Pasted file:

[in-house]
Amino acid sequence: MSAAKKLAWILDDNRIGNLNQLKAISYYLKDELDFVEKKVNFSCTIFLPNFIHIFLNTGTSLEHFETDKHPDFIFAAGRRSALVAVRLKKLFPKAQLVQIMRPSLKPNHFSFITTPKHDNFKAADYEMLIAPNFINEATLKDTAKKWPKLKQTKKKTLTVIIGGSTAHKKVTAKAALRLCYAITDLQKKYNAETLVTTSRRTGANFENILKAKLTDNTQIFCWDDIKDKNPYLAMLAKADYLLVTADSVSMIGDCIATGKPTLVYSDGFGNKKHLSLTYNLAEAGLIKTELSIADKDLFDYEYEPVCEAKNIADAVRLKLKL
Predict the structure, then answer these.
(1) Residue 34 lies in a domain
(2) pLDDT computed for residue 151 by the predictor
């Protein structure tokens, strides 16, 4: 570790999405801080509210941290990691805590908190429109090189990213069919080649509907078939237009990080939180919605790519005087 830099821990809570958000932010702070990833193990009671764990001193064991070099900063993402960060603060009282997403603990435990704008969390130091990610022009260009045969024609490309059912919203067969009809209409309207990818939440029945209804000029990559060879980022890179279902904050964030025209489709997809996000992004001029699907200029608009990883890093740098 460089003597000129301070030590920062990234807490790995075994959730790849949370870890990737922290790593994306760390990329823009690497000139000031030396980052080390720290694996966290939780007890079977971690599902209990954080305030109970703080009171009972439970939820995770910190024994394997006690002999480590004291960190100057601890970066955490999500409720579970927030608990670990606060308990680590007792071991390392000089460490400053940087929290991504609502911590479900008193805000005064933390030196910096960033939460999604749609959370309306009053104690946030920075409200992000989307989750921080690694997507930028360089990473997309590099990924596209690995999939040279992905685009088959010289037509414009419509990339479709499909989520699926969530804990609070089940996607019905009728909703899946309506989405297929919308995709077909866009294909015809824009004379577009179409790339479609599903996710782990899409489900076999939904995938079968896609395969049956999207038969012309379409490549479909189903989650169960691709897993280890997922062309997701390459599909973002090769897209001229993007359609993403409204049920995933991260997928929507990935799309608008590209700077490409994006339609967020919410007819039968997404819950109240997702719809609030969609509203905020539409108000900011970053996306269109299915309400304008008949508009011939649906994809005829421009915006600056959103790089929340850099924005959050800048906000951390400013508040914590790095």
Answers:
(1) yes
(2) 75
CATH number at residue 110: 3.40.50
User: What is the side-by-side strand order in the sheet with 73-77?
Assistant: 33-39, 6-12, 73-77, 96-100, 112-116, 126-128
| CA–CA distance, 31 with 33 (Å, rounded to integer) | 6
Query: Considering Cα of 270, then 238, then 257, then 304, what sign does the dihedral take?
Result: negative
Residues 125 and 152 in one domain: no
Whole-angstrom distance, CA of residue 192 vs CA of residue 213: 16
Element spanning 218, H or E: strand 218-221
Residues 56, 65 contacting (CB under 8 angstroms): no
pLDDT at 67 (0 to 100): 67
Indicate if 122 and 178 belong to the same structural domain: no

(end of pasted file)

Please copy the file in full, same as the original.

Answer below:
[in-house]
Amino acid sequence: MSAAKKLAWILDDNRIGNLNQLKAISYYLKDELDFVEKKVNFSCTIFLPNFIHIFLNTGTSLEHFETDKHPDFIFAAGRRSALVAVRLKKLFPKAQLVQIMRPSLKPNHFSFITTPKHDNFKAADYEMLIAPNFINEATLKDTAKKWPKLKQTKKKTLTVIIGGSTAHKKVTAKAALRLCYAITDLQKKYNAETLVTTSRRTGANFENILKAKLTDNTQIFCWDDIKDKNPYLAMLAKADYLLVTADSVSMIGDCIATGKPTLVYSDGFGNKKHLSLTYNLAEAGLIKTELSIADKDLFDYEYEPVCEAKNIADAVRLKLKL
Predict the structure, then answer these.
(1) Residue 34 lies in a domain
(2) pLDDT computed for residue 151 by the predictor
């Protein structure tokens, strides 16, 4: 570790999405801080509210941290990691805590908190429109090189990213069919080649509907078939237009990080939180919605790519005087 830099821990809570958000932010702070990833193990009671764990001193064991070099900063993402960060603060009282997403603990435990704008969390130091990610022009260009045969024609490309059912919203067969009809209409309207990818939440029945209804000029990559060879980022890179279902904050964030025209489709997809996000992004001029699907200029608009990883890093740098 460089003597000129301070030590920062990234807490790995075994959730790849949370870890990737922290790593994306760390990329823009690497000139000031030396980052080390720290694996966290939780007890079977971690599902209990954080305030109970703080009171009972439970939820995770910190024994394997006690002999480590004291960190100057601890970066955490999500409720579970927030608990670990606060308990680590007792071991390392000089460490400053940087929290991504609502911590479900008193805000005064933390030196910096960033939460999604749609959370309306009053104690946030920075409200992000989307989750921080690694997507930028360089990473997309590099990924596209690995999939040279992905685009088959010289037509414009419509990339479709499909989520699926969530804990609070089940996607019905009728909703899946309506989405297929919308995709077909866009294909015809824009004379577009179409790339479609599903996710782990899409489900076999939904995938079968896609395969049956999207038969012309379409490549479909189903989650169960691709897993280890997922062309997701390459599909973002090769897209001229993007359609993403409204049920995933991260997928929507990935799309608008590209700077490409994006339609967020919410007819039968997404819950109240997702719809609030969609509203905020539409108000900011970053996306269109299915309400304008008949508009011939649906994809005829421009915006600056959103790089929340850099924005959050800048906000951390400013508040914590790095």
Answers:
(1) yes
(2) 75
CATH number at residue 110: 3.40.50
User: What is the side-by-side strand order in the sheet with 73-77?
Assistant: 33-39, 6-12, 73-77, 96-100, 112-116, 126-128
| CA–CA distance, 31 with 33 (Å, rounded to integer) | 6
Query: Considering Cα of 270, then 238, then 257, then 304, what sign does the dihedral take?
Result: negative
Residues 125 and 152 in one domain: no
Whole-angstrom distance, CA of residue 192 vs CA of residue 213: 16
Element spanning 218, H or E: strand 218-221
Residues 56, 65 contacting (CB under 8 angstroms): no
pLDDT at 67 (0 to 100): 67
Indicate if 122 and 178 belong to the same structural domain: no